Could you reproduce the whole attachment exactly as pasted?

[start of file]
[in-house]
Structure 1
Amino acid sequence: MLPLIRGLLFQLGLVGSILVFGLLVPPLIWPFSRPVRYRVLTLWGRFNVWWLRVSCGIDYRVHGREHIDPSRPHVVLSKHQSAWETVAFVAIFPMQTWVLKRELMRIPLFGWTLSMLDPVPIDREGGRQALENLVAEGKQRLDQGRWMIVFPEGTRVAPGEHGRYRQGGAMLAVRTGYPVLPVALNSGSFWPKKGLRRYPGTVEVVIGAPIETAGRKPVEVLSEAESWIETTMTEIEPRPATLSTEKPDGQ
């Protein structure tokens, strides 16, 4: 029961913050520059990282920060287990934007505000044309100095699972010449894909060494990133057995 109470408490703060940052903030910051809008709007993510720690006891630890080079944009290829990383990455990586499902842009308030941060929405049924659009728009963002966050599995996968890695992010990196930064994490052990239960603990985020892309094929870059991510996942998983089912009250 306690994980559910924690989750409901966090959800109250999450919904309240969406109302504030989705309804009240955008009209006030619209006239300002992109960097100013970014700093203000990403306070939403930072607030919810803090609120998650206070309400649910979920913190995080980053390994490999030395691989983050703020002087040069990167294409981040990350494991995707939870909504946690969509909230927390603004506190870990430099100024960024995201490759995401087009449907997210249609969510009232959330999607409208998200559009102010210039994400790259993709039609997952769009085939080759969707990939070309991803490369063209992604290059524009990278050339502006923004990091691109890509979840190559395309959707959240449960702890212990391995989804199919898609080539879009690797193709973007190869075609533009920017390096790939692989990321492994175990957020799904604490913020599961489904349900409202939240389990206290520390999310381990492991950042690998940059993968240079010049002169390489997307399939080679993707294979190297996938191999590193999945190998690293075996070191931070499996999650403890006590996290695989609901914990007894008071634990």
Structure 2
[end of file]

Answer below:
[in-house]
Structure 1
Amino acid sequence: MLPLIRGLLFQLGLVGSILVFGLLVPPLIWPFSRPVRYRVLTLWGRFNVWWLRVSCGIDYRVHGREHIDPSRPHVVLSKHQSAWETVAFVAIFPMQTWVLKRELMRIPLFGWTLSMLDPVPIDREGGRQALENLVAEGKQRLDQGRWMIVFPEGTRVAPGEHGRYRQGGAMLAVRTGYPVLPVALNSGSFWPKKGLRRYPGTVEVVIGAPIETAGRKPVEVLSEAESWIETTMTEIEPRPATLSTEKPDGQ
């Protein structure tokens, strides 16, 4: 029961913050520059990282920060287990934007505000044309100095699972010449894909060494990133057995 109470408490703060940052903030910051809008709007993510720690006891630890080079944009290829990383990455990586499902842009308030941060929405049924659009728009963002966050599995996968890695992010990196930064994490052990239960603990985020892309094929870059991510996942998983089912009250 306690994980559910924690989750409901966090959800109250999450919904309240969406109302504030989705309804009240955008009209006030619209006239300002992109960097100013970014700093203000990403306070939403930072607030919810803090609120998650206070309400649910979920913190995080980053390994490999030395691989983050703020002087040069990167294409981040990350494991995707939870909504946690969509909230927390603004506190870990430099100024960024995201490759995401087009449907997210249609969510009232959330999607409208998200559009102010210039994400790259993709039609997952769009085939080759969707990939070309991803490369063209992604290059524009990278050339502006923004990091691109890509979840190559395309959707959240449960702890212990391995989804199919898609080539879009690797193709973007190869075609533009920017390096790939692989990321492994175990957020799904604490913020599961489904349900409202939240389990206290520390999310381990492991950042690998940059993968240079010049002169390489997307399939080679993707294979190297996938191999590193999945190998690293075996070191931070499996999650403890006590996290695989609901914990007894008071634990």
Structure 2